“I have to be. Fire does not laugh or cry. It does not hate or love, or judge you by your craft, skill, or intelligence. The flame only knows to burn.” He shakes and drops her hand. “I’m working on a new trick with two torches and a Roman candle, and as you can see,” he turns his head to the right, “my timing is lax. I’m still on the learning wire.” There is a sizable burnt spot in his hair. Chili is 5’7″, 37-years old, proportionate, but stout. Not fat, but he is built like a fireplug, low to the ground and all iron. He wears jean shorts cut off at the knees, 8-eye, doc martin work boots, heavily scuffed, but freshly polished. His white armless, cowboy-cut, work shirt reveals several “Sailor Jerry” style tattoos on tree trunk biceps; on one is a female trapeze artist, topless, a lion tamer and full mane lion in mid roar, and on the other is a calliope wagon. The cart is incomplete as several leads terminate mid-arm.
He notices Phoebe inspecting his tattoos. “I am going to add some horses, rhinos or sharks to the wagon, but I’ve not decided.” He flexes his arm with the trapeze, “see if I flex this one, she swings; and,” he turns so she can see the other arm, “if flex this one, the pipes look like they are playing.”
“Those are so, cool.” Phoebe smiles and says.
“And this is Bixxter, the Amazing Bixxter.” Marilyn introduces her second friend.
“He..,hell…oo.” Phoebe looks up as she holds out her hand. She didn’t even see all 6.5 feet of him standing behind the two. He seems to step out of nowhere and everywhere, towering over the three with a “Cheshire Cat” grin and gleam in his green eyes.
“Hellooooo,” Bixxter takes her hand and turns it backside up. He removes his straw top hat with his other hand and bows to kiss it.
“He’s, he is a prestidigitator extraordinaire and seer of the future past tense,” Marilyn adds. She looks toward Bixxter for affirmation, and as he raises himself up, slowly, he turns his head and winks at her.
“My friends call me Bixx.” He says as he rights himself and replaces his hat.
It’s hard to imagine anyone would not see him; the Amazing Bixxter wears a “steam punk summer” outfit. His full size, straw top hat has a pink fleur-de-lis pattern tie as a band with a pocket watch broach holding a miniature yellow rose. His dense black hair falls in front of his pale nose as he bends over. The hair is cut into a deep Middle Ages’ bowl style. The Amazing Bixxter wears a white linen poet shirt, under a pink vest with the same pattern as the tie. It is unusual to see someone in a long sleeve shirt, vest, and beige short pants. Freshly cut with a jagged edge, linen strings hand down around his pale calves. His feet are covered in canvas ankle-high dessert boots, like they might wear in the Foreign Legion.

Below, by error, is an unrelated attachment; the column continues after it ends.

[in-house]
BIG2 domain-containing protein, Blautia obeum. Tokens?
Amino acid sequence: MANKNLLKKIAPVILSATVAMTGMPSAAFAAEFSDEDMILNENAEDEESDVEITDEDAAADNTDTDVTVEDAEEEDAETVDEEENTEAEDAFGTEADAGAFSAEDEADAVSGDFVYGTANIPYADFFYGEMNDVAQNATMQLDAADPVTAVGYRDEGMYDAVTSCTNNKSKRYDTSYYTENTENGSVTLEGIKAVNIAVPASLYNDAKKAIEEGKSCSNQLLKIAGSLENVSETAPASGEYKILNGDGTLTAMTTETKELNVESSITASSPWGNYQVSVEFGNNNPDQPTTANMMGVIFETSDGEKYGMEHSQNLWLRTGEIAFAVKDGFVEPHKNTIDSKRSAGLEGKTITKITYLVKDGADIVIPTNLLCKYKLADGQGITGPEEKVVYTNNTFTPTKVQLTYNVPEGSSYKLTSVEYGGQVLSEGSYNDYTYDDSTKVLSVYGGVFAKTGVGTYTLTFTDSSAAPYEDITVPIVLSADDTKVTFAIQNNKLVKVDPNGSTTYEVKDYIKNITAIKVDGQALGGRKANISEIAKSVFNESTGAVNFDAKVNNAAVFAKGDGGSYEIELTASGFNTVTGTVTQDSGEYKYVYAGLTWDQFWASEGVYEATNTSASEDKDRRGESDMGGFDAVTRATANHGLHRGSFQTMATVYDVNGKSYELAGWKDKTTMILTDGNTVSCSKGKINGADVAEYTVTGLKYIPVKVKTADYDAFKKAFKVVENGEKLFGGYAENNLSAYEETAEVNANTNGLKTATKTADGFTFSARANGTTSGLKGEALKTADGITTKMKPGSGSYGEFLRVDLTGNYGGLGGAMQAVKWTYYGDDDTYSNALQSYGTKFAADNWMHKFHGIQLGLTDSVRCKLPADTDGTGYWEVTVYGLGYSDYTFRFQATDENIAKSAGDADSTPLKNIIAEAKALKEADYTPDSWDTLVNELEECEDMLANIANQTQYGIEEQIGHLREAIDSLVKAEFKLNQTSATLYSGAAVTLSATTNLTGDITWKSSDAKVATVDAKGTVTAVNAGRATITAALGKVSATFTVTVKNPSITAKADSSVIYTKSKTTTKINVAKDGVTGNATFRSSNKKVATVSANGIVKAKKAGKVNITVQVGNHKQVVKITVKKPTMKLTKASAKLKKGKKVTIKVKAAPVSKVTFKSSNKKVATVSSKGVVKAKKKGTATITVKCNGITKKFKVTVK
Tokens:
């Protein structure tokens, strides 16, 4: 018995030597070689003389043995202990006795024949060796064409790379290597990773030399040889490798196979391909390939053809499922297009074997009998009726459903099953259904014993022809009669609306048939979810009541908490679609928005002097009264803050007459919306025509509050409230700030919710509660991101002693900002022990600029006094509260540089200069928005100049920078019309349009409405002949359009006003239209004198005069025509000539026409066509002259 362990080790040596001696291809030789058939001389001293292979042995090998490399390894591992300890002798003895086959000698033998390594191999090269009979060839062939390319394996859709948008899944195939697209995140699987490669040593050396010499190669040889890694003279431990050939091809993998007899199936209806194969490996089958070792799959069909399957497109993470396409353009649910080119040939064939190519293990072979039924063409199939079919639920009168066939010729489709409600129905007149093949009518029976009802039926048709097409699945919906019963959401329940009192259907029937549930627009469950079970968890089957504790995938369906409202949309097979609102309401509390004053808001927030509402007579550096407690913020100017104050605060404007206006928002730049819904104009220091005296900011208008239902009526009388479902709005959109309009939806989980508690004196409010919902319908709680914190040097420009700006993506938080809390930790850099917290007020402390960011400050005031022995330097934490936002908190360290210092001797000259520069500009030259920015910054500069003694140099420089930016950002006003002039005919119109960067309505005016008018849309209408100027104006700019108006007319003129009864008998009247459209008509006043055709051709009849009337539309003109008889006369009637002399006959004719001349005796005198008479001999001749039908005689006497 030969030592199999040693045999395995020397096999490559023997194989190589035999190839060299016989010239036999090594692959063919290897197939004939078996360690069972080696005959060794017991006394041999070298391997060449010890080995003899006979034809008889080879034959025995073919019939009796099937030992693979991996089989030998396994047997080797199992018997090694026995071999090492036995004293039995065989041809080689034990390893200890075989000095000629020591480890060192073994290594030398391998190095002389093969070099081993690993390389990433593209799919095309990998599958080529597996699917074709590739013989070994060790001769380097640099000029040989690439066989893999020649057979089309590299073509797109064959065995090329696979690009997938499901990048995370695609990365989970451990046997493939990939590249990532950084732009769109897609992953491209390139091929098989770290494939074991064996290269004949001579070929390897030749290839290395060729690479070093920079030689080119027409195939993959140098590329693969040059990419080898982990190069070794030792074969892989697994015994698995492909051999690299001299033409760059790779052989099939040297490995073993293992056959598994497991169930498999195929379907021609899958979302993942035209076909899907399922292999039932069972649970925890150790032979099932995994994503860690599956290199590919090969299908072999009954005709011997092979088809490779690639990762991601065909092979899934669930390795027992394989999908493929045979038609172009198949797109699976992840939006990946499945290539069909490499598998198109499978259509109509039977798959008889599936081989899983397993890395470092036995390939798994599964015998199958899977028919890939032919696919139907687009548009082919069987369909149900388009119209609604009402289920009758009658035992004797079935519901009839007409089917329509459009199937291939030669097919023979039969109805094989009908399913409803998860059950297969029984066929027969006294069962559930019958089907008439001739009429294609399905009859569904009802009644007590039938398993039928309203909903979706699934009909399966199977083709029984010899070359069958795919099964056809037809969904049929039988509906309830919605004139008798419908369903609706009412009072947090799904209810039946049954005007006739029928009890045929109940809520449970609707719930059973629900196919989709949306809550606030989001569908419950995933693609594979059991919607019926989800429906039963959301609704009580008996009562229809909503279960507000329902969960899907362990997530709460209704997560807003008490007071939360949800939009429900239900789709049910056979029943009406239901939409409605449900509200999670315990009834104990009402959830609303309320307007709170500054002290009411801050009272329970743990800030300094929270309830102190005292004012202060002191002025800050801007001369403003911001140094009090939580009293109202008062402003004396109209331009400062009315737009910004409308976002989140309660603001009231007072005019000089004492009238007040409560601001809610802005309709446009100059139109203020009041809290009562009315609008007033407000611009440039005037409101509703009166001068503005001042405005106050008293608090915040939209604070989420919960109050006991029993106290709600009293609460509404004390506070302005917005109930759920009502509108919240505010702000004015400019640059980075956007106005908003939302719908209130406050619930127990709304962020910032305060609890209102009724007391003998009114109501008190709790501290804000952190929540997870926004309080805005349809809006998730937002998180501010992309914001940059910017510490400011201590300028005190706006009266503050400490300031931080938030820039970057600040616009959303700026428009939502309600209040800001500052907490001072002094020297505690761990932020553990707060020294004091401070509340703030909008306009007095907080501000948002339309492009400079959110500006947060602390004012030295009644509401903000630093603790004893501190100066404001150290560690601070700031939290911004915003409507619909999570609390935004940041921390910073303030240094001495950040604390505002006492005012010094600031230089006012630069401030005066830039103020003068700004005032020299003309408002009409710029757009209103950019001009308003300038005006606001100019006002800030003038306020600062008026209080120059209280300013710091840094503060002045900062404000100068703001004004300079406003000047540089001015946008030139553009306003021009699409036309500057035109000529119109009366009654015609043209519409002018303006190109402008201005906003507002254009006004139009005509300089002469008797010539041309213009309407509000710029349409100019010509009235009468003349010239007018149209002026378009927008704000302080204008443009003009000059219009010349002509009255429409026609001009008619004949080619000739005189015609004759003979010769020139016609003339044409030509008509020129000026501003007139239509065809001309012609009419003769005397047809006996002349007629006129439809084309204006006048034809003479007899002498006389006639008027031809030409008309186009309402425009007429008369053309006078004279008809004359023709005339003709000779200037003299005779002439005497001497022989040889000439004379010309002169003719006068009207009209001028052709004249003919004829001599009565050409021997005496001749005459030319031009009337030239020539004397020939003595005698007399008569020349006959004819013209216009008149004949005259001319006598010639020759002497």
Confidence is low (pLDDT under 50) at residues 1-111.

Phoebe blushes and Chili lets out a capacious laugh.
“Bixxter is new to the area. His family tours on the east coast and throughout Midwest with Snooker Jim’s Circus of Wonder.” Marilyn continues.
“You’re a walking advert.” Phoebe says and giggles.
“I just wanted to get it right. Bixx coached me on it.”
“If you’re ever the MC at the three ring, you’ll do magnificently, Meryl, love.” Bixx says.
“I’ve got beer, wine, lemonade, and soft drinks.” Phoebe leads them through the front room, the kitchen, and out the backdoor.
Comma stacks the wieners on a platter and throws on several burger patties, cow and soy. He looks up and smiles as the troupe makes it way out the door. He looks back to the grill to focus on the flame and patty placement. Marilyn tugs on his sleeve. “Hi Marilyn,” he leans down and closes his eyes as she hugs his neck. When he rises up, his eyes widen as saucers and his jaw drops open as he continues to lean back and back onto his heels.
Bixx lifts his hat as he towers over Comma and reaches out his hand.
“This is the Amazing Bixxter, seer of the future past tense and prestid…” Marilyn falters.
Chili and Bixxter laugh, “that’s not necessary at every introduction Ms. Marilyn.” Bixxter says. “It’s best reserved for initial introductions to the tent.”